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For Sharks, it's win three straight or go home

by Eric Gilmore /
SAN JOSE, Calif. – After the Sharks suffered a 7-3 road loss Wednesday to Vancouver, falling into an 0-2 hole in the Western Conference Finals, coach Todd McLellan flatly said it was far too early to panic.

"We're going home," McLellan said. "A wise man once told me you're never really in trouble till you lose a game at home."

No one, wise or not, has to tell McLellan and the Sharks how much trouble they're in now after their 4-2 loss to Vancouver in Game 4 on home ice Sunday at HP Pavilion.

The Sharks trail the Canucks 3-1 in the best-of-seven series, with Game 5 set for Tuesday night in Vancouver.

"It's a test," Sharks forward Ryane Clowe said. "We haven't been in these situations this year obviously for the playoffs. We've held control of the series for the most part, the (first) two series. It's going to be a test. We've seen Tampa, who could possibly march into the finals, and you look at their first series and they looked like they were getting dominated by Pittsburgh. They got it together and they won in Pittsburg and then came back home and you see what happened.

"We have to win a game on the road. We've got to strap up here and kind of do what L.A. did to us the first round. They played two great games in here and were just really sound positionally. That's what we need the next game. Five-on-five, we obviously built some momentum here at home. We were a lot better than we were in Vancouver."

The Sharks' challenge now is to beat the Canucks three straight times or go home. During the regular season, their only win over Vancouver in four tries came in a shootout at Rogers Arena. McLellan has often said his team plays its best hockey when it's uncomfortable, and this serves as the ultimate test of his theory.

"Their backs are against the wall as close as they can be," McLellan said. "We kind of laid it on the line in the third period tonight, that third phase, if you will, that's what we'll be looking to do in Vancouver. We know we've got a tough task ahead of us.  Vancouver knows, we know, Detroit knows, Chicago knows that anything can happen."

In the conference semifinals, Detroit fell behind San Jose 3-0 and came back to force a Game 7. In the quarterfinals, Chicago lost the first three games against Vancouver but forced a Game 7. As inspiring as those comebacks are, the reality is that both the Red Wings and Blackhawks lost those series-deciding games.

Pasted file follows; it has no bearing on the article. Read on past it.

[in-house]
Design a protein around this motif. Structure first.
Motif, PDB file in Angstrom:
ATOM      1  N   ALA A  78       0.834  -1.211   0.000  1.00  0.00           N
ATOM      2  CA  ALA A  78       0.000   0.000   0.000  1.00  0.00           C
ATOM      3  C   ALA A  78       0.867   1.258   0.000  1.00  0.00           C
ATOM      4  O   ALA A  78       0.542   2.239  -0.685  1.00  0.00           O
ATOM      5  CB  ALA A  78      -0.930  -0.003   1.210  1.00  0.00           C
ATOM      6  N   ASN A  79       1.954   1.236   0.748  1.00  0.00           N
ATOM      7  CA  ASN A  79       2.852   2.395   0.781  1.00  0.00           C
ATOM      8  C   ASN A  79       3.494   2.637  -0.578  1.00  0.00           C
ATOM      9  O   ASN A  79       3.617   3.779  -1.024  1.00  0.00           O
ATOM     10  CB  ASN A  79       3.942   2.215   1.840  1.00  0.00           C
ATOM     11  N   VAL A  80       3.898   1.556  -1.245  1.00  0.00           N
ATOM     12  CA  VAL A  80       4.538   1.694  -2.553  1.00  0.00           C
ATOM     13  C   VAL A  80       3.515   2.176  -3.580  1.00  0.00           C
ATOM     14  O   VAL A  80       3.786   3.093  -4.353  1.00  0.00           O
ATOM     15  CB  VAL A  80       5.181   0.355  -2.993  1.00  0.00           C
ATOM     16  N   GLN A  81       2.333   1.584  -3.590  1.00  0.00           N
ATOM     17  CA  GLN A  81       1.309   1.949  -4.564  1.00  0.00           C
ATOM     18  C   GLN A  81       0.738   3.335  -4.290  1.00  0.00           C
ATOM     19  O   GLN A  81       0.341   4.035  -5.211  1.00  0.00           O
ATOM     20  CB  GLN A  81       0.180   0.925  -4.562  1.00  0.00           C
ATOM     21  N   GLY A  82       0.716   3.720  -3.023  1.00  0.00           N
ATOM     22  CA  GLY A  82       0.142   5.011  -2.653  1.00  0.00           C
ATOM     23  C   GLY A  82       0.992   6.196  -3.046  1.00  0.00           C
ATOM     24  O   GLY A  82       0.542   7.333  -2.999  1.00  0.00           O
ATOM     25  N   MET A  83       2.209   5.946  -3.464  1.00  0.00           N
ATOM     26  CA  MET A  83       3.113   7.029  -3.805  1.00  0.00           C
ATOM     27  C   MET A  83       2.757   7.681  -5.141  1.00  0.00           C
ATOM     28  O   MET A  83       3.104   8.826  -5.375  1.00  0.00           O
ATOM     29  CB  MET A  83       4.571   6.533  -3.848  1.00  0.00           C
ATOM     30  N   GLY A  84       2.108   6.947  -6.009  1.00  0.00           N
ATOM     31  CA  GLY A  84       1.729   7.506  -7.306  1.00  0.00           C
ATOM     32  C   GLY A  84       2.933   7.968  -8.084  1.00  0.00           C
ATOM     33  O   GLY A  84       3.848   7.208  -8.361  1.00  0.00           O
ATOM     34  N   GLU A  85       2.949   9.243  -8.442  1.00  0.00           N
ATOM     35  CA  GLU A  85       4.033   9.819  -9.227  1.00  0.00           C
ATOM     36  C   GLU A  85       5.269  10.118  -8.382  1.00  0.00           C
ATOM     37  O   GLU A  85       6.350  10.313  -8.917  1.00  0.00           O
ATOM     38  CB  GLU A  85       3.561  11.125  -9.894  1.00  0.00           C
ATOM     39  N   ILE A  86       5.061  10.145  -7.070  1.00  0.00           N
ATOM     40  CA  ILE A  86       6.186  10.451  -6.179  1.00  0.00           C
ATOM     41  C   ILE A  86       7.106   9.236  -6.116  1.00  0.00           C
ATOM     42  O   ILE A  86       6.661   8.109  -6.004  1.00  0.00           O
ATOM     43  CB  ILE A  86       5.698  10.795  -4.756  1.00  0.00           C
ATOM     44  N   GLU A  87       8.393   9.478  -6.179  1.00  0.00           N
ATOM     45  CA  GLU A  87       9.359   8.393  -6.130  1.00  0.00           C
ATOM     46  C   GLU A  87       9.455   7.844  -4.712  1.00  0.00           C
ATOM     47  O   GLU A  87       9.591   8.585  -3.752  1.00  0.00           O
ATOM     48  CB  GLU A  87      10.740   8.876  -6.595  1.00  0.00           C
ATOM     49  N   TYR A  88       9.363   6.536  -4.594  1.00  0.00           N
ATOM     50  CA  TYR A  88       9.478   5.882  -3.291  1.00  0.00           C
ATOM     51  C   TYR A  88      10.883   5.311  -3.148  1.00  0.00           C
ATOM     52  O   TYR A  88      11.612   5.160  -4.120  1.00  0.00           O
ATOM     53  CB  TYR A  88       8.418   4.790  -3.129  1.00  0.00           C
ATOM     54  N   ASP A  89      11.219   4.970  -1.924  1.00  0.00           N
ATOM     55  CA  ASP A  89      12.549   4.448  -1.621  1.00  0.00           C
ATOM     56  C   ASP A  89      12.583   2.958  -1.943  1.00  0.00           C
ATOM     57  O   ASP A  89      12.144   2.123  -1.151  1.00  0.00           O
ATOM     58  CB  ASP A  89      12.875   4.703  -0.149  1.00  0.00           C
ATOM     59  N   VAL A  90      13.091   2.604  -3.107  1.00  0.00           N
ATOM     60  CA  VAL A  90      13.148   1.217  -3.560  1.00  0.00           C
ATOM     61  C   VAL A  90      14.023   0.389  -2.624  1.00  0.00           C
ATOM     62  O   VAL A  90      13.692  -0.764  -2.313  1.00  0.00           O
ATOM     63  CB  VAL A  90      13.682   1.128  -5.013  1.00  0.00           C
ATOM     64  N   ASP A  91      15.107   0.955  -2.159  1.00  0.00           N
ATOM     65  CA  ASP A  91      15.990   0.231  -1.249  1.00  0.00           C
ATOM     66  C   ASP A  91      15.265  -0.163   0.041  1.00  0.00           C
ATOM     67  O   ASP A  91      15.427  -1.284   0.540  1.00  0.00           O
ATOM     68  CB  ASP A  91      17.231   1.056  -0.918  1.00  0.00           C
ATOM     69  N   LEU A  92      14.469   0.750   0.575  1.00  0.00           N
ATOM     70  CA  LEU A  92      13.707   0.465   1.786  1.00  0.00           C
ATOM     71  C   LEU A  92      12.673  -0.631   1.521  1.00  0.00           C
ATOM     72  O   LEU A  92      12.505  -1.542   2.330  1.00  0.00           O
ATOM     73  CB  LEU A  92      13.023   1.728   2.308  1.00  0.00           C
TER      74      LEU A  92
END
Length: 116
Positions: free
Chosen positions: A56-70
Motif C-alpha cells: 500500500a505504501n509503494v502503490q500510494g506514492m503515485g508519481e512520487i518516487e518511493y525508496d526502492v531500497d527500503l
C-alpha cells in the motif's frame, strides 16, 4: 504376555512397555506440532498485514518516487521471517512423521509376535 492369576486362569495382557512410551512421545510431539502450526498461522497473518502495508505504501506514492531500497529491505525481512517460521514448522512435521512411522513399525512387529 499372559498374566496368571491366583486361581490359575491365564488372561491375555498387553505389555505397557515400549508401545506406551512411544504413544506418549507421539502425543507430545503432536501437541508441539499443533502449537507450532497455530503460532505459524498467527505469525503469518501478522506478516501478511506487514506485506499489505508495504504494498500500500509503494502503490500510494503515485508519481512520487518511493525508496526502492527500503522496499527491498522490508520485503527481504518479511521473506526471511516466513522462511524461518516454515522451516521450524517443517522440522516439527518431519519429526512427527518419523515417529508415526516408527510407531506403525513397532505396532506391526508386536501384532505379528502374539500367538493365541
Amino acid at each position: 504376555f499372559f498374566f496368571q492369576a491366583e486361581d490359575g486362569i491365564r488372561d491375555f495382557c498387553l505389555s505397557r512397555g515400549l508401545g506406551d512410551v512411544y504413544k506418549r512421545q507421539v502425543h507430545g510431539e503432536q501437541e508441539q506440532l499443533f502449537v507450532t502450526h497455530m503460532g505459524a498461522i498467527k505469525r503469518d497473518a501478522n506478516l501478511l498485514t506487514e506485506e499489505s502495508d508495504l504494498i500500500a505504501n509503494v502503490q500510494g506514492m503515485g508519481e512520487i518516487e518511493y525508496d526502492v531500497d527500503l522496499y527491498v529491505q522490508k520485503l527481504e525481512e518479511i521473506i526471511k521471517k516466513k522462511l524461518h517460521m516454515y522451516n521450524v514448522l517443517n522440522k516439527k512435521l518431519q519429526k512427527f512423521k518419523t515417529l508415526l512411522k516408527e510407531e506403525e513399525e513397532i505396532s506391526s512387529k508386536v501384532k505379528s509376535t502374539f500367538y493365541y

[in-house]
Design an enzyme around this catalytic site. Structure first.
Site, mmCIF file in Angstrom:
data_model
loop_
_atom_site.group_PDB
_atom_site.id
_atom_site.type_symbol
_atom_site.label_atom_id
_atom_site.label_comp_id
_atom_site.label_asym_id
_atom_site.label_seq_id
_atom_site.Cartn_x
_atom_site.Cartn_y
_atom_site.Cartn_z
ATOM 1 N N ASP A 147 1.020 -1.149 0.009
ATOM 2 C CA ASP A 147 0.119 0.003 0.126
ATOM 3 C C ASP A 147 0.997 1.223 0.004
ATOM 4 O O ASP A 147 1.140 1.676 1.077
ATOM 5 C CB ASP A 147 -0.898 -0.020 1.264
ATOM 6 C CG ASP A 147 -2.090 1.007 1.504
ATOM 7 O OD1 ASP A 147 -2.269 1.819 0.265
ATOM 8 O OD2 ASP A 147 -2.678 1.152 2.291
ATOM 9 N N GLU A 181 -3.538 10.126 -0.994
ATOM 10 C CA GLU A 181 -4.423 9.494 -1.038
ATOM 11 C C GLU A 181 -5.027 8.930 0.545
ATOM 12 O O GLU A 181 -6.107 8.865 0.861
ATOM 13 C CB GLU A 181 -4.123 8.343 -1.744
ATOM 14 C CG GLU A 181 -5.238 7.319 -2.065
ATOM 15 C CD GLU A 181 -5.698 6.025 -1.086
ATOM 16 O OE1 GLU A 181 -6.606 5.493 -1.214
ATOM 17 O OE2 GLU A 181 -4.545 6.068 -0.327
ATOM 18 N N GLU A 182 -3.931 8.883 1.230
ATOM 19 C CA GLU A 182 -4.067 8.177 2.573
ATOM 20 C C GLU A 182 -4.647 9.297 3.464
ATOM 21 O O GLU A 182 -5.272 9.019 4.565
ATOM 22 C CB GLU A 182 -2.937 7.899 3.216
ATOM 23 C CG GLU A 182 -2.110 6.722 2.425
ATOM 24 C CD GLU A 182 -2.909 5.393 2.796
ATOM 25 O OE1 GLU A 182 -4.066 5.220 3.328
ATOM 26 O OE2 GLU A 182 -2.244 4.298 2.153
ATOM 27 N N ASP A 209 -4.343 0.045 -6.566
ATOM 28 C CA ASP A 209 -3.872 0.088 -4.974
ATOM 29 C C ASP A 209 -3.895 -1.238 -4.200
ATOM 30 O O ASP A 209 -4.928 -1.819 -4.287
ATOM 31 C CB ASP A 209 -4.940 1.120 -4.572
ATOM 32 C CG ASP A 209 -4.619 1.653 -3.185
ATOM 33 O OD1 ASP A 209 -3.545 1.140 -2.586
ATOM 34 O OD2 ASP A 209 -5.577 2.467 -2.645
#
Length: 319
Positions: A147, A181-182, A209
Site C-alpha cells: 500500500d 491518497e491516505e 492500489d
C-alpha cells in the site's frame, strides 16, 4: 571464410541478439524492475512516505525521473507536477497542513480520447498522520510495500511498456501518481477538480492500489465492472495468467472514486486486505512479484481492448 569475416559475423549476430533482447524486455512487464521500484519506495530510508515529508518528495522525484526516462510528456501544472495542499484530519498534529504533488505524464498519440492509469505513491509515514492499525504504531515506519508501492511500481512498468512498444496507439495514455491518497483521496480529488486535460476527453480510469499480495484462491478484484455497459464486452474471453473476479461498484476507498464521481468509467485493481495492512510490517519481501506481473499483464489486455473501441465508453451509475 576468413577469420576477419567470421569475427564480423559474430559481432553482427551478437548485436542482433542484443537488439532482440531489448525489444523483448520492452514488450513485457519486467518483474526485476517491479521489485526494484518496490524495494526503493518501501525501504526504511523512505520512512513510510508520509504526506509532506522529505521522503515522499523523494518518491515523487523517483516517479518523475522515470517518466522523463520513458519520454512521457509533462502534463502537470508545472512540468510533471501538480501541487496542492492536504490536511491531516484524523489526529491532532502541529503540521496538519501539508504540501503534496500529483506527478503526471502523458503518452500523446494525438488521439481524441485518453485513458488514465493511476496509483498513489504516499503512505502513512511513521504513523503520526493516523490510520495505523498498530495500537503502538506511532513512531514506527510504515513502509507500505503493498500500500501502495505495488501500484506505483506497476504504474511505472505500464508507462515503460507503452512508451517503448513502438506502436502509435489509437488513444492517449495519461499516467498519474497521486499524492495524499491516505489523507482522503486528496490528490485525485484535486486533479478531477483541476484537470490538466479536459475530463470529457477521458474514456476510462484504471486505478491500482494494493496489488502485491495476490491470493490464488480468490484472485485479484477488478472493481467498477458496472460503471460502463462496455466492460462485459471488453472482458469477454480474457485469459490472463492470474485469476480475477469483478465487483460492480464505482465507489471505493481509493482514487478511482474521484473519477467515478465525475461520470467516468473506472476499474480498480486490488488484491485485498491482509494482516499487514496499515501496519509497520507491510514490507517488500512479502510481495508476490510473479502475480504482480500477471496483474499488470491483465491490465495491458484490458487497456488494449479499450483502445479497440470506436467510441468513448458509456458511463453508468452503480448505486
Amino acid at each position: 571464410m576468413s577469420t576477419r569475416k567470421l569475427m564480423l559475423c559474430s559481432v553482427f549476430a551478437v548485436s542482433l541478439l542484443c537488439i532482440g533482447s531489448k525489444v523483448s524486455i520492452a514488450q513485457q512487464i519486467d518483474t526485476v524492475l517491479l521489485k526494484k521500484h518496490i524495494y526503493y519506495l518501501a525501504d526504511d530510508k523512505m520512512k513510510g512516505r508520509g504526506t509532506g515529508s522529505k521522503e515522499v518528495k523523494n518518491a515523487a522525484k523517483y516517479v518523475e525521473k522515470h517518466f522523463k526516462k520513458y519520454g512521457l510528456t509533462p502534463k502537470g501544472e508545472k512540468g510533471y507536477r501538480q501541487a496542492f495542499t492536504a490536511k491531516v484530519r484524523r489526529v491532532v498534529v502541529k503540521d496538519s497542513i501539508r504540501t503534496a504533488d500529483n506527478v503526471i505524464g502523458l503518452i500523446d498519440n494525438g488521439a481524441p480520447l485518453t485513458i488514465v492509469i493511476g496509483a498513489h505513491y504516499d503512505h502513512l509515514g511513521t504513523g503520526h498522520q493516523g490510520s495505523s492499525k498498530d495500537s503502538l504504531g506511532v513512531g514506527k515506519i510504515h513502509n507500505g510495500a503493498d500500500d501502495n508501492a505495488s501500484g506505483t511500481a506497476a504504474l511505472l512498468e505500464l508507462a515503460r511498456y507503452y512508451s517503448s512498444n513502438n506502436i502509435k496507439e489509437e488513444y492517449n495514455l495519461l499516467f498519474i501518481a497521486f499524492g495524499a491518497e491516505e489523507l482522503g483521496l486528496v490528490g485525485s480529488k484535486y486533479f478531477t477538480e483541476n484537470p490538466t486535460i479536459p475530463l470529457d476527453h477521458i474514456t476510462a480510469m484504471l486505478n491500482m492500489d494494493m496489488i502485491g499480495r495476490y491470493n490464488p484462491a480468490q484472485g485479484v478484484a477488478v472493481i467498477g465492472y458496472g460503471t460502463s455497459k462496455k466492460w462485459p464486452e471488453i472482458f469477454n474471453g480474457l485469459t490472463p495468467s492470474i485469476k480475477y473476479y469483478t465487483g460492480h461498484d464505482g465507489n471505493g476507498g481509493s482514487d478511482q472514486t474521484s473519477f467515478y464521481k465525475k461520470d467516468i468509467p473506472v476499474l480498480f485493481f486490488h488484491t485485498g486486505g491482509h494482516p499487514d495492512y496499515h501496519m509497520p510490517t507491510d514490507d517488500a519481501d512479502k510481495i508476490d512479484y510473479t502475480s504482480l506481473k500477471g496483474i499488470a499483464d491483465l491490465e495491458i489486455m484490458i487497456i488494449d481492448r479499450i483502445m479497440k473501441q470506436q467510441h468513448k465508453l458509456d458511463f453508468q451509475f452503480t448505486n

"We've been a resilient team all year," Sharks forward Logan Couture said. "I'm sure we still have some confidence in this room. I'm confident we can go in and win a game there. That's got to be our mindset going forward now. Tough loss, but we're still in this series. You've got to win four to move on. So we're going to go there to win."

As tough as Sunday's loss was, Sharks defenseman Douglas Murray said he hasn't lost hope.

"This team is definitely capable of winning three games, but right now we've got to worry about winning one," Murray said. "We've got to be sharper in our execution and tighten up. Definitely take less penalties. It's something we addressed before the game but we did it again to ourselves. Yeah, get out there and compete."

The Sharks were a disaster on the power play and penalty kill in Game 4. They went 0-for-5 on the power play, four of those chances coming in the first period and one to open the second. They allowed three Vancouver power-play goals in the second, each one with the Canucks enjoying a two-man edge thanks to a flurry of Sharks penalties.

According to Clowe, the Sharks have to get their heads straight before Game 5 after making too many mental errors Sunday.

"This time of the year you hear everybody talk about this guy is banged up and this guy is sore and they go through so much, but you know what? Right here mentally is where teams win or lose this time of year," Clowe said. "I don't think it's physically. Everyone's in a battle. For some reason we could kick ourselves in the rear end all the time it seems like lately.

"I don't think that we're not mentally strong enough, it just seems like at times the plays we make are putting ourselves in holes – mental mistakes. That doesn't mean we're not mentally strong enough to play at this time of the year. It just means we have to be smarter. You can't put yourself in that type of hole, 5-on-3."

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